”We can’t have 29 people who have come from interstate just for a funeral and a wake all have the same symptoms [by chance],” says Cheryle Parkes.
”I’m sorry, it just doesn’t work that way, and the family members who weren’t there didn’t get sick.”
Health authorities investigating a suspected food poisoning outbreak have found no trace of pathogens or contaminants in food samples taken from the Raiders Belconnen Club in Kippax.
However, ACT Health is unable to rule out the club as the source of the outbreak, which resulted in 29 of 40 guests at a wake becoming sick.
Testing of sandwiches, potato salad and pasta salad comes after most guests at the February 12 wake were left bedridden, with some interstate travellers having to delay trips home due to vomiting.
Cheryle Parkes said she believed egg and chicken sandwiches served at her mother’s wake were the cause.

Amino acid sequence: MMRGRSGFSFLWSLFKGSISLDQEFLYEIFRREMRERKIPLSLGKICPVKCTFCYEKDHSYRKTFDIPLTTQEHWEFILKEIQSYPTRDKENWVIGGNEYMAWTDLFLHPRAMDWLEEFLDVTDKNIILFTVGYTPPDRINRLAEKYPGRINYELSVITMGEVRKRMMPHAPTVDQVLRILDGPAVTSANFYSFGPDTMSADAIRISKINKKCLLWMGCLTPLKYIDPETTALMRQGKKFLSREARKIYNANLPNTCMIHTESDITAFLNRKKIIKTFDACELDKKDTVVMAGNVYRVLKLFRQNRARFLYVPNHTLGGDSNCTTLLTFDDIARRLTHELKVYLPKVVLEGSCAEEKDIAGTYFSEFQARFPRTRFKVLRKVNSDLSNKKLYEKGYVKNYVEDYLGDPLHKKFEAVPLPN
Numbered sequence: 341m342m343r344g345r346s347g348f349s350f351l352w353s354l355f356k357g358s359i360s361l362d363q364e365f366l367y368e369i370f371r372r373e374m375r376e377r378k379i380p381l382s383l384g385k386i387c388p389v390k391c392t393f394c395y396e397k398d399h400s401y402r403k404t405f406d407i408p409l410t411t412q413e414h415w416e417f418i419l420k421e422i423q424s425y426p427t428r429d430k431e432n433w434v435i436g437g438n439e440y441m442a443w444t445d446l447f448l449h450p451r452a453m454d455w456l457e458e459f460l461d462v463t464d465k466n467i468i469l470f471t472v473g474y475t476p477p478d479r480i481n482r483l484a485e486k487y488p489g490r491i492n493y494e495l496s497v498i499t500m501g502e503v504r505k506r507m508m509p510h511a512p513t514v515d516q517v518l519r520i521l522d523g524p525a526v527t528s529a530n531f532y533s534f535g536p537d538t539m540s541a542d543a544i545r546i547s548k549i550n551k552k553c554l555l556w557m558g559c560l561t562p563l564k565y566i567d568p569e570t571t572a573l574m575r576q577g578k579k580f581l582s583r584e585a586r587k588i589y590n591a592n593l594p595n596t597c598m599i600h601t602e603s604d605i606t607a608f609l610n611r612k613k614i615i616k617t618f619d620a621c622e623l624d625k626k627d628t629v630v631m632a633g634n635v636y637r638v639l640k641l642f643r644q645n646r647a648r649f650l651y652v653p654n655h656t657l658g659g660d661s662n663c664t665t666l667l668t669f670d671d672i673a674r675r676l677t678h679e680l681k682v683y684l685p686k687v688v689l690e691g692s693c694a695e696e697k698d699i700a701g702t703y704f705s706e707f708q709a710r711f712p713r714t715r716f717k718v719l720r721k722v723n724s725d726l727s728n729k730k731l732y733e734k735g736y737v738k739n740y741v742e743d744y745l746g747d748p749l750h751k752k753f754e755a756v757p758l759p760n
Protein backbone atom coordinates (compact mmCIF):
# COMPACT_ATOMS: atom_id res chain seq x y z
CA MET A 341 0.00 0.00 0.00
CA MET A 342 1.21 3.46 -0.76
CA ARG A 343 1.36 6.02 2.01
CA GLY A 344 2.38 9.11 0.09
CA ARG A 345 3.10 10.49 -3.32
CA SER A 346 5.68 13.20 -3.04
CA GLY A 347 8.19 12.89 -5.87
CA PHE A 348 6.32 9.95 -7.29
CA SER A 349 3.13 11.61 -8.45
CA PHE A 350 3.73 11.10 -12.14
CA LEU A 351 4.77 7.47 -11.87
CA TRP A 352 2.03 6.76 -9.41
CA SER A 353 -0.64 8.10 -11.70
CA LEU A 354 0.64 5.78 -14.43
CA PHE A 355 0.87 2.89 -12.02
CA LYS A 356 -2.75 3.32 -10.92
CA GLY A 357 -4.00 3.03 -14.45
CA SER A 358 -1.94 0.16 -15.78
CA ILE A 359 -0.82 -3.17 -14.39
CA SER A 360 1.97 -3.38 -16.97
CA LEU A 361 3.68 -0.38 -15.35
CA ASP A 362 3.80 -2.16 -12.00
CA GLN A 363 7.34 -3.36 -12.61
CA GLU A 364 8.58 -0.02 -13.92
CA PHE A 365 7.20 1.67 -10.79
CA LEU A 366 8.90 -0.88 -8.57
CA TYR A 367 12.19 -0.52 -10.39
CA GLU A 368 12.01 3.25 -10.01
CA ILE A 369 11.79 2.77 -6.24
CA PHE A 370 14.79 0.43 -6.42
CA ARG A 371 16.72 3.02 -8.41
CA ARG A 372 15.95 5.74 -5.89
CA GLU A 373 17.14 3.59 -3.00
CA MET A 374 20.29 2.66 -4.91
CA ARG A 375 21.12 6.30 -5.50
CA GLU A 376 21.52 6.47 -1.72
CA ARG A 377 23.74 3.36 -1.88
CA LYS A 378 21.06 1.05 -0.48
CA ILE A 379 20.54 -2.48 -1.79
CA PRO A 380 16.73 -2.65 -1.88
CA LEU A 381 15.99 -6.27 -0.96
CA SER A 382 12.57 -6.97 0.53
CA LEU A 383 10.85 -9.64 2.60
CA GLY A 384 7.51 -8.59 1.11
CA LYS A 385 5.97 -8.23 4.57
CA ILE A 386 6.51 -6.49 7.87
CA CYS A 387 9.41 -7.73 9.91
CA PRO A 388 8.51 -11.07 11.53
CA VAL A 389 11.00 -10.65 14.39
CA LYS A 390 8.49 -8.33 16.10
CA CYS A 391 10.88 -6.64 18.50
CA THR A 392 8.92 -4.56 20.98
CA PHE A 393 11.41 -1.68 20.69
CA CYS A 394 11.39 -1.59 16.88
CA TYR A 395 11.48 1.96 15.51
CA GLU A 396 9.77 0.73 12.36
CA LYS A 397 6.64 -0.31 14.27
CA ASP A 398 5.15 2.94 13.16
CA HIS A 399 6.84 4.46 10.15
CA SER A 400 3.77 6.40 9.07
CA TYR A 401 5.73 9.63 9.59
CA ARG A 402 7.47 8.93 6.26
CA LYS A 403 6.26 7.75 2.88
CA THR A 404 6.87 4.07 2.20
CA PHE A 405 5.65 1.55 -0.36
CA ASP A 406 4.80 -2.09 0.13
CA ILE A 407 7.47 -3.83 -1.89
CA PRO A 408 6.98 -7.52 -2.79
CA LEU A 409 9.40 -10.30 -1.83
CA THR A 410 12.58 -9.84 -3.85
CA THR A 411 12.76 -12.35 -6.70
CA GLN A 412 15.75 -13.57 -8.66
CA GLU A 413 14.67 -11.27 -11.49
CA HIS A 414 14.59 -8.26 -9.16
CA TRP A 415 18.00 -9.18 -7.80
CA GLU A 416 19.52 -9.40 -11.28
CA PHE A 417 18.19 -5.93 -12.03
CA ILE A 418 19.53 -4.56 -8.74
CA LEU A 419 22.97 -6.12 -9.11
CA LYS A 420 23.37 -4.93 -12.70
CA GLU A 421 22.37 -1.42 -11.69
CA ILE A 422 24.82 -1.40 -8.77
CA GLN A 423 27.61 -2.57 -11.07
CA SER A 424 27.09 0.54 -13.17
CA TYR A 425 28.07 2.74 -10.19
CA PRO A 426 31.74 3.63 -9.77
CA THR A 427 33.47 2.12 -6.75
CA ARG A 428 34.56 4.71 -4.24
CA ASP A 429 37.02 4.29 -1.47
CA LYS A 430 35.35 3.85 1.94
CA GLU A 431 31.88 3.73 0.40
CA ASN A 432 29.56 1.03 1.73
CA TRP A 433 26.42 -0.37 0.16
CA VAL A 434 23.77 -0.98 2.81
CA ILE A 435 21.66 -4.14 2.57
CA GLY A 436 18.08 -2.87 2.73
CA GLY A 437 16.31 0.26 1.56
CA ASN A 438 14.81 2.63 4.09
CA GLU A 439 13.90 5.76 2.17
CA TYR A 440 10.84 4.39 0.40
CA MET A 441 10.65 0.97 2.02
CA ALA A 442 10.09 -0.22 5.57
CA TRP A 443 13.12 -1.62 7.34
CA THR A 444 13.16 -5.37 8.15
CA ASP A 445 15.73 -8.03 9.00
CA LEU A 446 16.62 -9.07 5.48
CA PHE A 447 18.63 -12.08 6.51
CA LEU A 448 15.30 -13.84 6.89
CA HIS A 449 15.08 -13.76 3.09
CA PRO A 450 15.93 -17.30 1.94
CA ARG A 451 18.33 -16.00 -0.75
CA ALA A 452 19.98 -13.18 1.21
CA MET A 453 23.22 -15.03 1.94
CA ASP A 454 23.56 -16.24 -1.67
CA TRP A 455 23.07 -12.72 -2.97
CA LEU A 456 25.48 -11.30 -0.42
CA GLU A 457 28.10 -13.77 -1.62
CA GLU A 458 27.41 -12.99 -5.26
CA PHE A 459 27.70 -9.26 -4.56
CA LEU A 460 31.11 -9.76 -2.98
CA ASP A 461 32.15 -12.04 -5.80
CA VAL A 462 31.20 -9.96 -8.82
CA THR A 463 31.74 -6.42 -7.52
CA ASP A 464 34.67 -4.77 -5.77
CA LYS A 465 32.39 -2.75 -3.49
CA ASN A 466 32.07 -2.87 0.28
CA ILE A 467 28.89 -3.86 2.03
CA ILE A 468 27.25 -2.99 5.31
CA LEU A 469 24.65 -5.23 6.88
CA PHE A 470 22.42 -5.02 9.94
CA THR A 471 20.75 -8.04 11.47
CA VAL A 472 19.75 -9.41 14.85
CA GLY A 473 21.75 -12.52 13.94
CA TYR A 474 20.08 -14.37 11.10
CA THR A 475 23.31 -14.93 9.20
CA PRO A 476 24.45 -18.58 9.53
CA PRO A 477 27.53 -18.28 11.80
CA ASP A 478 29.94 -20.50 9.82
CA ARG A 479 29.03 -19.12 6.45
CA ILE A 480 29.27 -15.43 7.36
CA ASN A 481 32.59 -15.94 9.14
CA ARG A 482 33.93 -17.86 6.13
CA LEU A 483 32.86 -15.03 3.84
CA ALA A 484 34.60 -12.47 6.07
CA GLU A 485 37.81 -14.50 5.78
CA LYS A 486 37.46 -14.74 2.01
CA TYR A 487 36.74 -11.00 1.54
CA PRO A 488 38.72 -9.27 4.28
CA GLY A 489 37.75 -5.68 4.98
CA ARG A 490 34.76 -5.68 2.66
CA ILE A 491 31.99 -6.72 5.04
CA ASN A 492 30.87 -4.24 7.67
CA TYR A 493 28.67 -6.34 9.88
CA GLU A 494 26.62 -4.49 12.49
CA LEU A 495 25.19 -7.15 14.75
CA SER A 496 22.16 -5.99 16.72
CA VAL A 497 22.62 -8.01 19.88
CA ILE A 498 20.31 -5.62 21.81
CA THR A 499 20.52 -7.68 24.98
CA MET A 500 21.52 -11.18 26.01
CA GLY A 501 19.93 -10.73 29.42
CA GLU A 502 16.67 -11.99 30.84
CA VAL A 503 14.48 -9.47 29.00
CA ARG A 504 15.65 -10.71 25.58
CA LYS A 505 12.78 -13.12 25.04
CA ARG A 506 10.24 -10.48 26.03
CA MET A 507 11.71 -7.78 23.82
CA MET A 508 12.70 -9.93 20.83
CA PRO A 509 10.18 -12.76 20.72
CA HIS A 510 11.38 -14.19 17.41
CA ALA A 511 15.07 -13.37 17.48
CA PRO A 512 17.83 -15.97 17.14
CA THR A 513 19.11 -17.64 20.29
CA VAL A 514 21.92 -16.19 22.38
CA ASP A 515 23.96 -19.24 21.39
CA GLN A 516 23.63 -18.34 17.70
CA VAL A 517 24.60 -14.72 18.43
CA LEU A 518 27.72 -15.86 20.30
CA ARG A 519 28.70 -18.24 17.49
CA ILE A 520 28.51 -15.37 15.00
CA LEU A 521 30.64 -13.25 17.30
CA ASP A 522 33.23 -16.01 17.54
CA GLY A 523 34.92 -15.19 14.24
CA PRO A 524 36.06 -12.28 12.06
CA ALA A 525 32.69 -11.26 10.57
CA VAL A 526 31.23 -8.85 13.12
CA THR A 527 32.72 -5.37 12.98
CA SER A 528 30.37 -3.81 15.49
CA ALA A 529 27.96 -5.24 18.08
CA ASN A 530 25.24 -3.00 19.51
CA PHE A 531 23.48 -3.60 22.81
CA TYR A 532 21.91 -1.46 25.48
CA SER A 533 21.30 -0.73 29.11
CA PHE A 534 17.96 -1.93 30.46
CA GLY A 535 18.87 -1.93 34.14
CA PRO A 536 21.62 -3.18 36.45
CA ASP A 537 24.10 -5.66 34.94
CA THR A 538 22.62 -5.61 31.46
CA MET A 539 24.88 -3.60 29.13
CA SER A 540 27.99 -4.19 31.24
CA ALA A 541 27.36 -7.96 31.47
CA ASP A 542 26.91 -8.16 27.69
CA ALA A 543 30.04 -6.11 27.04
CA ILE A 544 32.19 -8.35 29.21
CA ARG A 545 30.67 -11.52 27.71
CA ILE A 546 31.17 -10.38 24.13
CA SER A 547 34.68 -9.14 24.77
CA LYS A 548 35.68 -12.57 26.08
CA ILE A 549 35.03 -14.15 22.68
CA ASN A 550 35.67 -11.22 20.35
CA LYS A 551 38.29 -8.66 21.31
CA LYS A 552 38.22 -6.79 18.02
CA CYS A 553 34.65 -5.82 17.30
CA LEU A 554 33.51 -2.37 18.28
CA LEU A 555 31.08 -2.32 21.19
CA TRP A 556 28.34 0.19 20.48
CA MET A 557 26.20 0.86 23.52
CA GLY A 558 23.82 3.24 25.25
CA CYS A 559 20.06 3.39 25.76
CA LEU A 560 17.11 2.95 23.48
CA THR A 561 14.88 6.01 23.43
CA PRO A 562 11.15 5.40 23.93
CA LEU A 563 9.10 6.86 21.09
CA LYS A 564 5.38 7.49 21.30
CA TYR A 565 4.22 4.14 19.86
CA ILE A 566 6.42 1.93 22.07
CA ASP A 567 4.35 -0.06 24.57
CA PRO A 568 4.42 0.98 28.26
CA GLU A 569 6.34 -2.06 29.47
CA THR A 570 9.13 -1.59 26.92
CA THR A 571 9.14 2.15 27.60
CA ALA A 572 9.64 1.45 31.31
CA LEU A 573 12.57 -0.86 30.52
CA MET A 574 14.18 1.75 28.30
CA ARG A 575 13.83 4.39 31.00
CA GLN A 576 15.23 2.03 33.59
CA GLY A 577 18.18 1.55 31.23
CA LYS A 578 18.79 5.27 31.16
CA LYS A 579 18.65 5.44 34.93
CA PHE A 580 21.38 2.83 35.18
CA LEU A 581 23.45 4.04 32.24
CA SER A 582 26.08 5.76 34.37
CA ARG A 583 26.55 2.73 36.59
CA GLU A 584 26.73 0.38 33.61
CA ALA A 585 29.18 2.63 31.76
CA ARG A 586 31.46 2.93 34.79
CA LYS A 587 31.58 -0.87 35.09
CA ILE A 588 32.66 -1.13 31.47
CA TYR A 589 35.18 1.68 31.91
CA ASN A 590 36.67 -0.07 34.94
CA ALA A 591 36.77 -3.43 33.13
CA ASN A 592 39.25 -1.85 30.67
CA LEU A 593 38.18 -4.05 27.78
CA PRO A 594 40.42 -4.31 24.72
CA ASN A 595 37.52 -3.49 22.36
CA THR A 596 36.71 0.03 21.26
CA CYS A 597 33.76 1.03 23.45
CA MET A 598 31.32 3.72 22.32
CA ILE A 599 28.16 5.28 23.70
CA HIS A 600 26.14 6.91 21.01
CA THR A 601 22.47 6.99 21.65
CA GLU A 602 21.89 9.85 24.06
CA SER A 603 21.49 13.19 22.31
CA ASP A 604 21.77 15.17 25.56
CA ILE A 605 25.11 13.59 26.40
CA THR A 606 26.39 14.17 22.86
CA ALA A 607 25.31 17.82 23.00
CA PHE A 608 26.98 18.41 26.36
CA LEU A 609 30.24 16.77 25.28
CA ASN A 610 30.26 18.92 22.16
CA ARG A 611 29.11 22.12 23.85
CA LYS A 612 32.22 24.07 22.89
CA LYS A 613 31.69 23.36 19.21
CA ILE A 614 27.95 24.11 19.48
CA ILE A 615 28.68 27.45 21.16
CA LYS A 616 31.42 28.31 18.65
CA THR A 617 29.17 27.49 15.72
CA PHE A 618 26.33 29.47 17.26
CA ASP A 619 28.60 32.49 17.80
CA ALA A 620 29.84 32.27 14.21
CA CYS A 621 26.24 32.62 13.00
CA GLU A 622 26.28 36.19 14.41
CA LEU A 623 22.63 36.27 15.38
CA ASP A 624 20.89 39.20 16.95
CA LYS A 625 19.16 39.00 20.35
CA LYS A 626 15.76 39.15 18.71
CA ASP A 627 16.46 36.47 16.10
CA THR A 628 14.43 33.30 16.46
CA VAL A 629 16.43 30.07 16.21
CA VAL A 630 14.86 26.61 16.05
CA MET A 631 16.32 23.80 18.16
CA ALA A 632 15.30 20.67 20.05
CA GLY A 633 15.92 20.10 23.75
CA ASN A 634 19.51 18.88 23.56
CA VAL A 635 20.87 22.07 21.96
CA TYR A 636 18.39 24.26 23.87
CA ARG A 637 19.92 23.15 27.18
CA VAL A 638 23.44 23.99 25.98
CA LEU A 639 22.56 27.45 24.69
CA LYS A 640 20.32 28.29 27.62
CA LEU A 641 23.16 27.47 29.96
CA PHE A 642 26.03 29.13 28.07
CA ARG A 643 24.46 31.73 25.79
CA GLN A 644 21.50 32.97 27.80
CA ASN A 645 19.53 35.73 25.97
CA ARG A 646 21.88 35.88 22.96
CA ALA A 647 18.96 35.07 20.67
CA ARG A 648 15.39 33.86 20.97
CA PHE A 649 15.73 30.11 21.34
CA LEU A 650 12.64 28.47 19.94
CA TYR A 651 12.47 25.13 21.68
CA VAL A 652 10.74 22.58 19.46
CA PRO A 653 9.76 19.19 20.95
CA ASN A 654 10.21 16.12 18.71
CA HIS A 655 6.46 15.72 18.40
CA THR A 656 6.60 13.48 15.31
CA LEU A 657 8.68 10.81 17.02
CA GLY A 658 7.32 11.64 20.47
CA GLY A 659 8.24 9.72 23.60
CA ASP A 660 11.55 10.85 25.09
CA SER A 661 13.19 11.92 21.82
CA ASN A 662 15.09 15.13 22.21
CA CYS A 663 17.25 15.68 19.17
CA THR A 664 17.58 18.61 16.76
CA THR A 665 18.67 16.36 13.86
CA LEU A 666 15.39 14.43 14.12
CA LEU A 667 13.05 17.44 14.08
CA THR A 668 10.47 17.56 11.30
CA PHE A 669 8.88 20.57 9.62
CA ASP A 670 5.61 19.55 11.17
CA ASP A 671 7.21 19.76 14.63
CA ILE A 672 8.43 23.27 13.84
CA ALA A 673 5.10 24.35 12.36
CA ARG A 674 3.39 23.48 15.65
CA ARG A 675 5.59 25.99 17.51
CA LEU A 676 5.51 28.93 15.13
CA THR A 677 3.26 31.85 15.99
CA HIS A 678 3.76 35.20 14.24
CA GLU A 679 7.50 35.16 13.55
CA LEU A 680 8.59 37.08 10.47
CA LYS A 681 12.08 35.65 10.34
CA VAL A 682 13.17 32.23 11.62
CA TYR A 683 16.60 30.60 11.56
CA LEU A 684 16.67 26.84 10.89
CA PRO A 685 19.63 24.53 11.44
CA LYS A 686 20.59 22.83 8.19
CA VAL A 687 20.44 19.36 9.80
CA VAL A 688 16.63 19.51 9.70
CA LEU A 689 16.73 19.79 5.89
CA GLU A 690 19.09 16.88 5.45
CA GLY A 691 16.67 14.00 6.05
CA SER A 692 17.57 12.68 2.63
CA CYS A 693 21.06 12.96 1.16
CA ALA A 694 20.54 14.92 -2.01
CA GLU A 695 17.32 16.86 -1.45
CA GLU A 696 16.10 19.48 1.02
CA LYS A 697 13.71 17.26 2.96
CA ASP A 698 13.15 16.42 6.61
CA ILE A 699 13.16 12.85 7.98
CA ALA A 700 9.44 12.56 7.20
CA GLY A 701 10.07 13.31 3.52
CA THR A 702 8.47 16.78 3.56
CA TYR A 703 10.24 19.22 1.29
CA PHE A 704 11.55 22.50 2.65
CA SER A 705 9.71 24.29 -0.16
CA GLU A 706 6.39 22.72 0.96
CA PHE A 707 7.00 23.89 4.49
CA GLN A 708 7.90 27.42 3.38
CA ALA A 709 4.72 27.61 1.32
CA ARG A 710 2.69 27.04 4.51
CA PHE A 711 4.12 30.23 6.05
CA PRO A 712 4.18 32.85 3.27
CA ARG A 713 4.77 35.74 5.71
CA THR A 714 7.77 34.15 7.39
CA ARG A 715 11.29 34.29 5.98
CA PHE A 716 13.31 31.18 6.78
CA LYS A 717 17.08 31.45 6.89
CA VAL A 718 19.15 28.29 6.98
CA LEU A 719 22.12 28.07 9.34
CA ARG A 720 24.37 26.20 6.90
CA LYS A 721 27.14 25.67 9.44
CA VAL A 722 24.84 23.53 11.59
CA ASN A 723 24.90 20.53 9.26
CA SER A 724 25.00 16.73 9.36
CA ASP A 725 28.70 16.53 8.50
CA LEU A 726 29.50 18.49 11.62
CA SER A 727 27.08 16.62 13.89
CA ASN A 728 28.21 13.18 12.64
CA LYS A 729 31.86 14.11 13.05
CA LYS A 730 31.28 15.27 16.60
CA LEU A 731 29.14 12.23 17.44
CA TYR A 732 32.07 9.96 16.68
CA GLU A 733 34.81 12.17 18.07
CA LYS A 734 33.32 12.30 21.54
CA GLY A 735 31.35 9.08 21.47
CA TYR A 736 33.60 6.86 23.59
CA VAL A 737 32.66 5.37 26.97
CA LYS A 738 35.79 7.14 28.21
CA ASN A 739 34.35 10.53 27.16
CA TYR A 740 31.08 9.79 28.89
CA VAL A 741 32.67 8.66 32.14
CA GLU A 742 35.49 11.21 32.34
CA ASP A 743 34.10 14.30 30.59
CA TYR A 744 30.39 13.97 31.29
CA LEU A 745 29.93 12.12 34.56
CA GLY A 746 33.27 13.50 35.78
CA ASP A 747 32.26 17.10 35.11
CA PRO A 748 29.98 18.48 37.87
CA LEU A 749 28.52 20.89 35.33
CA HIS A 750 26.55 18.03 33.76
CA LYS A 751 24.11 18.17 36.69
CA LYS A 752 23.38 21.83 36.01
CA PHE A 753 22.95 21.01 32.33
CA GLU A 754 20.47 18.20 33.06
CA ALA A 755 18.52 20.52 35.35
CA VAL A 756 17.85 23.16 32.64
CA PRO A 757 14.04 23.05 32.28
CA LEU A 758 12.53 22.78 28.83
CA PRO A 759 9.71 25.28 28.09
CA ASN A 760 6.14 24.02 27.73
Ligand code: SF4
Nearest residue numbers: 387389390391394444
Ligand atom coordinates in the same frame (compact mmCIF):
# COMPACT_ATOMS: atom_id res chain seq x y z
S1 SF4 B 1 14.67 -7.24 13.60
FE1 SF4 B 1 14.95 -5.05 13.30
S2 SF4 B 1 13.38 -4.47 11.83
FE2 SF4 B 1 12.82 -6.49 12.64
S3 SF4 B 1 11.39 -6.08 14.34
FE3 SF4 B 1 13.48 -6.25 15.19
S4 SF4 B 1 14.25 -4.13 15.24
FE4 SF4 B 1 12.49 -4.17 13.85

Food samples collected from the club on February 14, two days after the wake, tested negative for dangerous bacteria, E. coli and salmonella.
An ACT Health spokeswoman said the results did not rule out food-borne illness affecting the people.
”A failure to detect pathogens in food analysed from suspect sources means that there was no causative organism detected,” she said.
”It does not mean that an outbreak of food-borne illness did not occur and it does not mean that a particular business did not cause the problem.”
ACT Health said it did not comment on individual businesses involved in suspected outbreaks.
Raiders Club manager Craig Potts said the frozen sandwiches tested had been from the same batch as those served at the wake. They included ham, cheese and pickle; chicken, cheese and mayonnaise; and egg and chive sandwiches.
”Quality control is something we take very seriously and we were always very confident that the analysis report from the ACT Health would reflect this,” he said.
Last year home-made mayonnaise was found to be at fault when 140 diners fell ill after eating at a Dickson restaurant.